Shea butter has long been a hydrating hero in the skincare realm. You'll find it in everything from moisturizers to body lotions to everyday soaps and yes, even your favorite lip balms.
Dry skin and eczema sufferers in particular love shea butter's moisturizing and anti-inflammatory properties. Its low melting point means that natural shea butter glides effortlessly and absorbs quickly into skin.
In this blog post, we'll take a closer look at shea butter and all of its benefits, including why it's a staple in your favorite skincare formulations.
First, What is Shea Butter?
Shea butter is a type of fat derived from the nuts of the African shea tree. Shea butter is rich in vitamins A and E, as well as essential fatty acids and other nutrients that are beneficial for the skin.
Organic shea butter is especially beneficial for the skin; it contains no chemicals or artificial ingredients that cause skin irritation. When used in skincare products, organic shea butter can do it all — we're talking deeply moisturize, reduce inflammation, AND protect against environmental damage. Talk about a multi-tasker.
Shea butter can be used on its own or as a base ingredient in lotions, creams, and lip balms, especially in natural skincare products.
Benefits of Shea Butter
Simply put, here’s what shea butter can do for skin and hair:
- Provide a quench of deep, nourishing moisture
- Packed with nutrients that help heal irritated skin
- Rich in Vitamins E and A, which combat inflammation, hyperpigmentation, and alleviate the effects of sun damage
- Soothes dry, chapped lips (just one reason why it’s a hero ingredient in Covey’s Seal the Deal Lip Balm!)
- Nourishes frizzy hair back to silky smoothness
What Kinds of Beauty Products Use Shea Butter?
You'll find shea in tons of formulations for:
- Facial moisturizers and creams
- Body lotions
- Lip balms
- Hair masks
- Body balms
- and more!
Shea butter is also commonly used as a hair treatment. When applied to the scalp, it nourishes the hair and scalp to alleviate conditions like dandruff. When applied to the hair itself, shea butter can help to soften hair and tame frizz.
In addition to its cosmetic uses, shea butter also has some therapeutic properties. It Because of its anti-inflammatory properties, shea can be applied to sunburns and peeling skin, cracked skin, or ease the effects of contact dermatitis. Shea butter can also help reduce the appearance of scars and stretch marks!
Shea butter vs. other moisturizing ingredients
Coconut oil or cocoa butter are two ingredients that get the same PR as shea. Let's dive into what makes shea butter unique.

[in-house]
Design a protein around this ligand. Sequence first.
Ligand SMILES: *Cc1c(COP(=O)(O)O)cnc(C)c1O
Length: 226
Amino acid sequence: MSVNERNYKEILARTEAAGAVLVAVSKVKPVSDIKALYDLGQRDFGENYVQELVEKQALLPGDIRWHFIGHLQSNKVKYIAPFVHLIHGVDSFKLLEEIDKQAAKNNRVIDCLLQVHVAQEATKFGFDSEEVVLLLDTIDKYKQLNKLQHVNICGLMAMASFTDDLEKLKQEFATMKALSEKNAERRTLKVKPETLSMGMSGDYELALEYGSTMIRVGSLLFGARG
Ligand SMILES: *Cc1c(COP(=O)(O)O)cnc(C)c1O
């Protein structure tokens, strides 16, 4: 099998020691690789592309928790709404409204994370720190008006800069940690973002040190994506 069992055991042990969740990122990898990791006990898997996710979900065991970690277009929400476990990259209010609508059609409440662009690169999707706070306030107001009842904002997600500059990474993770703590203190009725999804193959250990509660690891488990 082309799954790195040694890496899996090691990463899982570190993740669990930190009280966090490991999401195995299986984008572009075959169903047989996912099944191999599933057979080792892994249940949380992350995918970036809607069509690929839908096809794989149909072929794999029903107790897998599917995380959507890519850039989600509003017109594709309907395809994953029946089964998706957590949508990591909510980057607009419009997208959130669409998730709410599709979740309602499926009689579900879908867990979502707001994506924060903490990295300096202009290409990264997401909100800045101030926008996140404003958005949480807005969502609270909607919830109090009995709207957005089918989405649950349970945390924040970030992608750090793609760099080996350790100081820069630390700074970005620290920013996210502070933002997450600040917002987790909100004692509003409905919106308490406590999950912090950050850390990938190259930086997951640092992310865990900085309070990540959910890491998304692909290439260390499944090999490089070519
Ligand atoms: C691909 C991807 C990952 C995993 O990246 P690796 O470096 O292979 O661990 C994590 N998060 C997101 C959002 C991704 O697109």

To recap: shea butter is high in Vitamins A and E, which are both essential for healthy skin. It also contains fatty acids and antioxidants, and its anti-inflammatory properties can be helpful for those with skin conditions like eczema or psoriasis.
Shea Butter vs. Coconut Oil
While coconut oil is also a popular choice for moisturizing, it does have some drawbacks. Coconut oil is comedegenic (meaning it can clog pores) making it a tough ingredient for those with acne-prone skin. It can also be a hassle to wash off, which can leave skin feeling greasy.
Cocoa Butter vs. Shea Butter
Cocoa butter is another option. Like shea butter, cocoa butter is high in antioxidants and fatty acids. However, it does not contain as much Vitamin E as shea butter. Cocoa butter is also a solid at room temperature, which can make it difficult to apply to the skin.
FAQs about Shea Butter
1) How does shea butter compare to other moisturizing ingredients?
Shea butter is a popular choice for moisturizing and protecting the skin due to its high content of vitamins, fatty acids, and antioxidants. It’s also great for those with skin conditions like eczema or psoriasis. While coconut oil and cocoa butter are also effective ingredients, they have some drawbacks — for example, they can clog pores and be tricky to wash off.
2) Does shea butter clog pores?
While shea butter is classified as low on the comedogenic scale set by dermatologists, that doesn’t mean it can’t clog pores. Ultimately, it depends on your unique skin type. For dry skin types or those with rosacea and eczema, shea butter might be awesome. For oily skin types, ask your derm before you try products with a lot of unrefined shea.
3) Can I use topical shea butter if I have a nut allergy?
Since shea butter is made from tree nuts, those with allergies should consult their derm and do a patch test to make sure their skin won’t react to products with shea in it.
There you have it — a quick overview of the benefits of shea butter for skin, how it compares to other butters like coconut and cocoa, and why shea butter just might be the game changer for your dry skin woes.